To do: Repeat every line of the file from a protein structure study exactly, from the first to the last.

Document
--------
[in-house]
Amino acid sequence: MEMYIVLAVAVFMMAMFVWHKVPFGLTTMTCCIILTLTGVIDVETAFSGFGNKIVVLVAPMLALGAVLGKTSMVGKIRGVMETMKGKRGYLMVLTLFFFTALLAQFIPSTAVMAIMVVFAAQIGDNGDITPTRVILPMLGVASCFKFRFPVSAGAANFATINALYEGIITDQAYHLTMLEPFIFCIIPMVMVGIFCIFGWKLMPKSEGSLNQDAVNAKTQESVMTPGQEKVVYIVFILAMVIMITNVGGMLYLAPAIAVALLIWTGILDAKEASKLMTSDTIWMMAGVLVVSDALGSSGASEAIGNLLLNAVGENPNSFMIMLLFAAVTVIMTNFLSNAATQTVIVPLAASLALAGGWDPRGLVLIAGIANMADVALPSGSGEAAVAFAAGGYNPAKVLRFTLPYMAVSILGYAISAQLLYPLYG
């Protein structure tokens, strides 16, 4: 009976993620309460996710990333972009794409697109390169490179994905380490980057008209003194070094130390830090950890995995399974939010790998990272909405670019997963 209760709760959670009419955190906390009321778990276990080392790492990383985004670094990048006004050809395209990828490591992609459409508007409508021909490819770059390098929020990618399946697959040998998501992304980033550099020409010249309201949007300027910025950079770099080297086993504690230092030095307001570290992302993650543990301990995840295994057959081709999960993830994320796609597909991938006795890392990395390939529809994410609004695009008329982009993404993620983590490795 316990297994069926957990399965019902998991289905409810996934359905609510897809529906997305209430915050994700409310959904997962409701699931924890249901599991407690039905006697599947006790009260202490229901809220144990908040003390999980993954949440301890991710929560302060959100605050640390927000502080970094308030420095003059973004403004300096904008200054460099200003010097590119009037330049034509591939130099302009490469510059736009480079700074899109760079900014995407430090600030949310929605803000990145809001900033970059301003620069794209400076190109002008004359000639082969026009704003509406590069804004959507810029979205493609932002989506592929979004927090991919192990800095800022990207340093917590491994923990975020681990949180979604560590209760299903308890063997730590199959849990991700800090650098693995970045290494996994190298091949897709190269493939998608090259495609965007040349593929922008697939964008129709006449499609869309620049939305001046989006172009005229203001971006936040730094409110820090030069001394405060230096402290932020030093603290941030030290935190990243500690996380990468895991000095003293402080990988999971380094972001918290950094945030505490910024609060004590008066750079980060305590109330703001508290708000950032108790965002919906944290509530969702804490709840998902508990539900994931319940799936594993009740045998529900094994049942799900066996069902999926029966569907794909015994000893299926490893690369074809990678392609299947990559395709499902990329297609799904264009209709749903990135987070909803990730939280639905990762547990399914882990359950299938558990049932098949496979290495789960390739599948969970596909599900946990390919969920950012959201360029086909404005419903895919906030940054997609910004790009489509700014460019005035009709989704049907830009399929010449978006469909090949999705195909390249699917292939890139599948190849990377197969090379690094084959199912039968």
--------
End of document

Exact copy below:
[in-house]
Amino acid sequence: MEMYIVLAVAVFMMAMFVWHKVPFGLTTMTCCIILTLTGVIDVETAFSGFGNKIVVLVAPMLALGAVLGKTSMVGKIRGVMETMKGKRGYLMVLTLFFFTALLAQFIPSTAVMAIMVVFAAQIGDNGDITPTRVILPMLGVASCFKFRFPVSAGAANFATINALYEGIITDQAYHLTMLEPFIFCIIPMVMVGIFCIFGWKLMPKSEGSLNQDAVNAKTQESVMTPGQEKVVYIVFILAMVIMITNVGGMLYLAPAIAVALLIWTGILDAKEASKLMTSDTIWMMAGVLVVSDALGSSGASEAIGNLLLNAVGENPNSFMIMLLFAAVTVIMTNFLSNAATQTVIVPLAASLALAGGWDPRGLVLIAGIANMADVALPSGSGEAAVAFAAGGYNPAKVLRFTLPYMAVSILGYAISAQLLYPLYG
């Protein structure tokens, strides 16, 4: 009976993620309460996710990333972009794409697109390169490179994905380490980057008209003194070094130390830090950890995995399974939010790998990272909405670019997963 209760709760959670009419955190906390009321778990276990080392790492990383985004670094990048006004050809395209990828490591992609459409508007409508021909490819770059390098929020990618399946697959040998998501992304980033550099020409010249309201949007300027910025950079770099080297086993504690230092030095307001570290992302993650543990301990995840295994057959081709999960993830994320796609597909991938006795890392990395390939529809994410609004695009008329982009993404993620983590490795 316990297994069926957990399965019902998991289905409810996934359905609510897809529906997305209430915050994700409310959904997962409701699931924890249901599991407690039905006697599947006790009260202490229901809220144990908040003390999980993954949440301890991710929560302060959100605050640390927000502080970094308030420095003059973004403004300096904008200054460099200003010097590119009037330049034509591939130099302009490469510059736009480079700074899109760079900014995407430090600030949310929605803000990145809001900033970059301003620069794209400076190109002008004359000639082969026009704003509406590069804004959507810029979205493609932002989506592929979004927090991919192990800095800022990207340093917590491994923990975020681990949180979604560590209760299903308890063997730590199959849990991700800090650098693995970045290494996994190298091949897709190269493939998608090259495609965007040349593929922008697939964008129709006449499609869309620049939305001046989006172009005229203001971006936040730094409110820090030069001394405060230096402290932020030093603290941030030290935190990243500690996380990468895991000095003293402080990988999971380094972001918290950094945030505490910024609060004590008066750079980060305590109330703001508290708000950032108790965002919906944290509530969702804490709840998902508990539900994931319940799936594993009740045998529900094994049942799900066996069902999926029966569907794909015994000893299926490893690369074809990678392609299947990559395709499902990329297609799904264009209709749903990135987070909803990730939280639905990762547990399914882990359950299938558990049932098949496979290495789960390739599948969970596909599900946990390919969920950012959201360029086909404005419903895919906030940054997609910004790009489509700014460019005035009709989704049907830009399929010449978006469909090949999705195909390249699917292939890139599948190849990377197969090379690094084959199912039968």